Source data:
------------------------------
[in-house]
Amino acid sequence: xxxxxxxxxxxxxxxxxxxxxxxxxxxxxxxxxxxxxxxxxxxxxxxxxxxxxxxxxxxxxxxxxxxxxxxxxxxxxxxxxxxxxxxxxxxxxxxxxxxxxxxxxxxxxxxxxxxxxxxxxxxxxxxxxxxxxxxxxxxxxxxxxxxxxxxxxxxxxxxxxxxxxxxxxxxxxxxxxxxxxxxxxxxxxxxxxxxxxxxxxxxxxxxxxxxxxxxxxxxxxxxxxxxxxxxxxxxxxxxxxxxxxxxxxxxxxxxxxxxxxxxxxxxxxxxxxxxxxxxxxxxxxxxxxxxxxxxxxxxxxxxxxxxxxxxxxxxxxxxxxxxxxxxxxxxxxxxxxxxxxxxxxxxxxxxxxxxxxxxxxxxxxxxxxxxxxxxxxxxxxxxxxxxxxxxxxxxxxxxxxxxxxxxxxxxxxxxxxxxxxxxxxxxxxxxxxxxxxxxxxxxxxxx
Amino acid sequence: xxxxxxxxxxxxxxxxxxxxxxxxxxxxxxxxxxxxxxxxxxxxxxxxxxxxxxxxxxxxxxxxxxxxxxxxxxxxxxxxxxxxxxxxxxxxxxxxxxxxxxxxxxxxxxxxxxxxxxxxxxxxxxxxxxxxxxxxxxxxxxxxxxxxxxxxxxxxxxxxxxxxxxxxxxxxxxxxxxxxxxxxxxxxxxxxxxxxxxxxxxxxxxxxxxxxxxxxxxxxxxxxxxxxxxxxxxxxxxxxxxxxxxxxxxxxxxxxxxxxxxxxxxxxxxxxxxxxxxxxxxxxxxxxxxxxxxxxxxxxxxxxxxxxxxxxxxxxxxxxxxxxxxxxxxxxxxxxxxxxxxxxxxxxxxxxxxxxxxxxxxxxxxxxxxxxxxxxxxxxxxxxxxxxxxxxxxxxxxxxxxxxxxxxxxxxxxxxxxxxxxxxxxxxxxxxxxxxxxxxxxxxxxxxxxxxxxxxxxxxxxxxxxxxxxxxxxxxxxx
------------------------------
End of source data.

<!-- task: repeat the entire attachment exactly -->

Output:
[in-house]
Amino acid sequence: xxxxxxxxxxxxxxxxxxxxxxxxxxxxxxxxxxxxxxxxxxxxxxxxxxxxxxxxxxxxxxxxxxxxxxxxxxxxxxxxxxxxxxxxxxxxxxxxxxxxxxxxxxxxxxxxxxxxxxxxxxxxxxxxxxxxxxxxxxxxxxxxxxxxxxxxxxxxxxxxxxxxxxxxxxxxxxxxxxxxxxxxxxxxxxxxxxxxxxxxxxxxxxxxxxxxxxxxxxxxxxxxxxxxxxxxxxxxxxxxxxxxxxxxxxxxxxxxxxxxxxxxxxxxxxxxxxxxxxxxxxxxxxxxxxxxxxxxxxxxxxxxxxxxxxxxxxxxxxxxxxxxxxxxxxxxxxxxxxxxxxxxxxxxxxxxxxxxxxxxxxxxxxxxxxxxxxxxxxxxxxxxxxxxxxxxxxxxxxxxxxxxxxxxxxxxxxxxxxxxxxxxxxxxxxxxxxxxxxxxxxxxxxx
Amino acid sequence: xxxxxxxxxxxxxxxxxxxxxxxxxxxxxxxxxxxxxxxxxxxxxxxxxxxxxxxxxxxxxxxxxxxxxxxxxxxxxxxxxxxxxxxxxxxxxxxxxxxxxxxxxxxxxxxxxxxxxxxxxxxxxxxxxxxxxxxxxxxxxxxxxxxxxxxxxxxxxxxxxxxxxxxxxxxxxxxxxxxxxxxxxxxxxxxxxxxxxxxxxxxxxxxxxxxxxxxxxxxxxxxxxxxxxxxxxxxxxxxxxxxxxxxxxxxxxxxxxxxxxxxxxxxxxxxxxxxxxxxxxxxxxxxxxxxxxxxxxxxxxxxxxxxxxxxxxxxxxxxxxxxxxxxxxxxxxxxxxxxxxxxxxxxxxxxxxxxxxxxxxxxxxxxxxxxxxxxxxxxxxxxxxxxxxxxxxxxxxxxxxxxxxxxxxxxxxxxxxxxxxxxxxxxxxxxxxxxxxxxxxxxxxxxxxxxxxxxxxxxxxxxxxxxxxxxxxxxxxxx